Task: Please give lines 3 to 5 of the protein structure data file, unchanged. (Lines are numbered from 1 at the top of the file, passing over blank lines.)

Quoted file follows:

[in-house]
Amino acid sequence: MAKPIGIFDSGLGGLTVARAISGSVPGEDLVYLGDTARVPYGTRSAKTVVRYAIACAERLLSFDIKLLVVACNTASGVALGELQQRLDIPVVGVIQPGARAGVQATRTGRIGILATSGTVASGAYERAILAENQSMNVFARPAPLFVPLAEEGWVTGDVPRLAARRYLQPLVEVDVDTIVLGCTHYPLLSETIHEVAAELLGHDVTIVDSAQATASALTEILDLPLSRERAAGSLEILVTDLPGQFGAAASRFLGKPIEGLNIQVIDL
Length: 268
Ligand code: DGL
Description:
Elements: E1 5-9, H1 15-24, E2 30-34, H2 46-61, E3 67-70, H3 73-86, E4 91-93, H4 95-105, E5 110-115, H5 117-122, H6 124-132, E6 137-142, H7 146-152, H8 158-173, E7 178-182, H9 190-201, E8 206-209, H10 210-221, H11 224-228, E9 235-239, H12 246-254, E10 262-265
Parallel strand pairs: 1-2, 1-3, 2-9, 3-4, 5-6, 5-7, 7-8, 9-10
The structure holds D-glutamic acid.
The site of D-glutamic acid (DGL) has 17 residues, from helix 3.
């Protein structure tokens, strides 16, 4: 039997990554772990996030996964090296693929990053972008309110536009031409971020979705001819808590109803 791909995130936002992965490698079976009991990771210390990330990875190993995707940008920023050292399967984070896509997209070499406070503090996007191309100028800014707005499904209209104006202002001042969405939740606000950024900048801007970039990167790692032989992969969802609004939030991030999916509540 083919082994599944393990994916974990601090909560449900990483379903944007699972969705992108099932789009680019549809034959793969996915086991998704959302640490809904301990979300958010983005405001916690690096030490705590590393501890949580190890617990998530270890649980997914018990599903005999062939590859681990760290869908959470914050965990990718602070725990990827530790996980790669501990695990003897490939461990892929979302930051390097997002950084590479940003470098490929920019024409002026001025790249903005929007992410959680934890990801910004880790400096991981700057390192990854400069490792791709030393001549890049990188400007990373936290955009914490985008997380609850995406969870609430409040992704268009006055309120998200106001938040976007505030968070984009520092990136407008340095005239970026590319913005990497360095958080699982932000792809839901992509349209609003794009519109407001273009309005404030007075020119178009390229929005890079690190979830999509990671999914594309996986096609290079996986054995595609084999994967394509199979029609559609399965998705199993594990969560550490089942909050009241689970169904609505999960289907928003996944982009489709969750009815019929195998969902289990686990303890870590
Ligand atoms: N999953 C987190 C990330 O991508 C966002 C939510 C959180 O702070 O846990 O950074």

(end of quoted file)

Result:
Length: 268
Ligand code: DGL
Description: